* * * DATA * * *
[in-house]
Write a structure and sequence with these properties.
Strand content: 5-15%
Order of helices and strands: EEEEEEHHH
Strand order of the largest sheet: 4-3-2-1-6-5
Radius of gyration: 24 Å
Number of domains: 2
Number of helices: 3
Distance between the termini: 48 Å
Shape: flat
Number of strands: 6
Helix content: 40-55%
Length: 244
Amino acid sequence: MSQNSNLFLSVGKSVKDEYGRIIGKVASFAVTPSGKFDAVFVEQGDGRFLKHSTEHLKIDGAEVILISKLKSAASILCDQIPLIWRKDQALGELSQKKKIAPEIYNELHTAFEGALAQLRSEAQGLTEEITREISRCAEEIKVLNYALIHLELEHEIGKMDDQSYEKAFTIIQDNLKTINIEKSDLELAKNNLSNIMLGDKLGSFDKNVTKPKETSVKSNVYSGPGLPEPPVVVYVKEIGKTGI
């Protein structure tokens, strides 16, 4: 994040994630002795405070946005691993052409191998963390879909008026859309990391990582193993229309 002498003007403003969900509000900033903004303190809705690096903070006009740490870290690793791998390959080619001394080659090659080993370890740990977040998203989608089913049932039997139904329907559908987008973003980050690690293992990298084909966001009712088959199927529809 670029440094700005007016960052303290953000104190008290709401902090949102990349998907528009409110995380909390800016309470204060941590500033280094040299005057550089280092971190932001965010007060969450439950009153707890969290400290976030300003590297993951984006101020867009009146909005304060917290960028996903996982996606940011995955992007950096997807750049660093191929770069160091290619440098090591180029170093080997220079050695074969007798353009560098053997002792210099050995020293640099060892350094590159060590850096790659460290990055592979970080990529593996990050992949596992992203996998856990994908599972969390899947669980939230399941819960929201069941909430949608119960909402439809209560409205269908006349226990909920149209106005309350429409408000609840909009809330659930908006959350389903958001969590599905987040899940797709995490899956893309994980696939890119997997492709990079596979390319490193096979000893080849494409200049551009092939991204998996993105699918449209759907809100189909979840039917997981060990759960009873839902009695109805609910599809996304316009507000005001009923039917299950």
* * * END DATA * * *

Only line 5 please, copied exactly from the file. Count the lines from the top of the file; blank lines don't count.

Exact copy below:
Strand order of the largest sheet: 4-3-2-1-6-5